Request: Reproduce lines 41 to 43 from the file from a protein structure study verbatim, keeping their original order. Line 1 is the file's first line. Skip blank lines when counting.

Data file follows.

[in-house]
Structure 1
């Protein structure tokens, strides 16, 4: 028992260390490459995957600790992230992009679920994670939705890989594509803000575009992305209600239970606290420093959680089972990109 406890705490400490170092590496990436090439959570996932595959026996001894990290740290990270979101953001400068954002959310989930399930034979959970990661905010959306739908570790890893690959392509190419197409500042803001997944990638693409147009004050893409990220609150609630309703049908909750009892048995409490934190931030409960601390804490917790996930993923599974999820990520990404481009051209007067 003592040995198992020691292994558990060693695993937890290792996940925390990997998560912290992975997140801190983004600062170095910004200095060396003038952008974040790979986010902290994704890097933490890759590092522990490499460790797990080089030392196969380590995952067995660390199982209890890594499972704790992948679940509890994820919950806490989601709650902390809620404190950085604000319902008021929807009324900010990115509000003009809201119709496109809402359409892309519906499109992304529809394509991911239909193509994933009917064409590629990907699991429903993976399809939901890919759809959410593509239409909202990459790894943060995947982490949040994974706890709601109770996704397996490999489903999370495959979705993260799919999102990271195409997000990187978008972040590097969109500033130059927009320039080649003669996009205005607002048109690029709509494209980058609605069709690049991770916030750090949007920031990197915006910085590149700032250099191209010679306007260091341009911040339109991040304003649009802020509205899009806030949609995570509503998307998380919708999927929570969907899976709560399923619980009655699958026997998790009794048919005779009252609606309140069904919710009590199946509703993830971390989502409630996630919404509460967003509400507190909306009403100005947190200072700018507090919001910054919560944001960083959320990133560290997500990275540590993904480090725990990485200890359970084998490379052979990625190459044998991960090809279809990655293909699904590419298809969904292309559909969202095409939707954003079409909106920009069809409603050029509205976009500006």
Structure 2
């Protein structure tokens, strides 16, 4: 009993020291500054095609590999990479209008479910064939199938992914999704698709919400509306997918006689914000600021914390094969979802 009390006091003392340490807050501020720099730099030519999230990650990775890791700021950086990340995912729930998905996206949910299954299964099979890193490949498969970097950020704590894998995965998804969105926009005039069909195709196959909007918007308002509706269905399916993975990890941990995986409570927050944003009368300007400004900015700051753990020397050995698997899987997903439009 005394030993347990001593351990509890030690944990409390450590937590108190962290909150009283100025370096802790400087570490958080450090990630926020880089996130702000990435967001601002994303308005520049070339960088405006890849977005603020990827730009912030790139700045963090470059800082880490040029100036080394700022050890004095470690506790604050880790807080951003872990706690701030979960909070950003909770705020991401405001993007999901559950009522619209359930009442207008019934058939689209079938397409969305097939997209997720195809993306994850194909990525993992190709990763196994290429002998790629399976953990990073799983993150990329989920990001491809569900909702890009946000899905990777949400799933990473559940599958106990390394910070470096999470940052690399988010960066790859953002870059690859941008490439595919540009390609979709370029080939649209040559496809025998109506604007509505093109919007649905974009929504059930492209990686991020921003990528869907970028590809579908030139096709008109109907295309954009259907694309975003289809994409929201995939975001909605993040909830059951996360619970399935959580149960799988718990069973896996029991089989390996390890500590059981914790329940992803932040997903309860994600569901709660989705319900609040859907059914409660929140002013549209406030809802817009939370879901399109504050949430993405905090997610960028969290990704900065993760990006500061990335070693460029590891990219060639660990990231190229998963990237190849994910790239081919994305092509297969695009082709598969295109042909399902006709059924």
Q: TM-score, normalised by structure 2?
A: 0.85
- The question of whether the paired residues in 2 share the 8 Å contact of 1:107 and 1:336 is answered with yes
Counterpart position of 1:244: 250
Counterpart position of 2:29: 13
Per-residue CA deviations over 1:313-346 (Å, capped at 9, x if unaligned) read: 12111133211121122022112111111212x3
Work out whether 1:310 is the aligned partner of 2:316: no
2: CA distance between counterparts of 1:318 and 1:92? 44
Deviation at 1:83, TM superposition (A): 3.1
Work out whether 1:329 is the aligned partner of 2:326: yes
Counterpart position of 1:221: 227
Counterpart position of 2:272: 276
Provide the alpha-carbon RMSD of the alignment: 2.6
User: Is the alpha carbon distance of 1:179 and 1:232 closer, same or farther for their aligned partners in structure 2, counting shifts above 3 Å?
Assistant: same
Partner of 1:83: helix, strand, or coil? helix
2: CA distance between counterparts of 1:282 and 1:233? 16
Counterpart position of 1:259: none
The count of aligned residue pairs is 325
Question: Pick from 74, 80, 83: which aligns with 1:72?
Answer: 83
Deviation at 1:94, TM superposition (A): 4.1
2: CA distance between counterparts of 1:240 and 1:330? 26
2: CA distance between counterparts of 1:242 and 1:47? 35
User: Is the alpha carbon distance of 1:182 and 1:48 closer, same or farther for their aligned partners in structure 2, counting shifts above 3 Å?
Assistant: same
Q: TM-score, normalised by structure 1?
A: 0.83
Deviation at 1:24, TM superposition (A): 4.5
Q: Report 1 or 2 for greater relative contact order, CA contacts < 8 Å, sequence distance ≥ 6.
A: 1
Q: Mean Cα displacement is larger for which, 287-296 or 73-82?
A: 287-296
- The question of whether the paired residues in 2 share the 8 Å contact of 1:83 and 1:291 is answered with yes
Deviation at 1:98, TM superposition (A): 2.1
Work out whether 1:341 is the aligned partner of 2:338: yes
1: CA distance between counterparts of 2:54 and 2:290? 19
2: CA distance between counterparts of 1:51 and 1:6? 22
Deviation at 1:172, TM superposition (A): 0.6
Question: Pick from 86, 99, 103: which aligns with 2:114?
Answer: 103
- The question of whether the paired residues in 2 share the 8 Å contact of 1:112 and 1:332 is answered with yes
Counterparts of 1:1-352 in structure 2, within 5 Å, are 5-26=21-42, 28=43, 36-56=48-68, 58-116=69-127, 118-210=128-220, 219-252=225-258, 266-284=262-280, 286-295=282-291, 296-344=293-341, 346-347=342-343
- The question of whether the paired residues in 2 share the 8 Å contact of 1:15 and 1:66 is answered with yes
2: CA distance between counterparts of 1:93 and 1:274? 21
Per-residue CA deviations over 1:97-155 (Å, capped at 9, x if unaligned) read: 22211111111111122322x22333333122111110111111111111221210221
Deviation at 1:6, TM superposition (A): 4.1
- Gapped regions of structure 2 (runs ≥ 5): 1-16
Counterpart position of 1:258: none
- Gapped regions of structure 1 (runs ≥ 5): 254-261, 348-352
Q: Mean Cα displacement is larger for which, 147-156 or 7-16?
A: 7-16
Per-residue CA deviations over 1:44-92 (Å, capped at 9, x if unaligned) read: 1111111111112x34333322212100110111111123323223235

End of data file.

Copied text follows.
Work out whether 1:341 is the aligned partner of 2:338: yes
1: CA distance between counterparts of 2:54 and 2:290? 19
2: CA distance between counterparts of 1:51 and 1:6? 22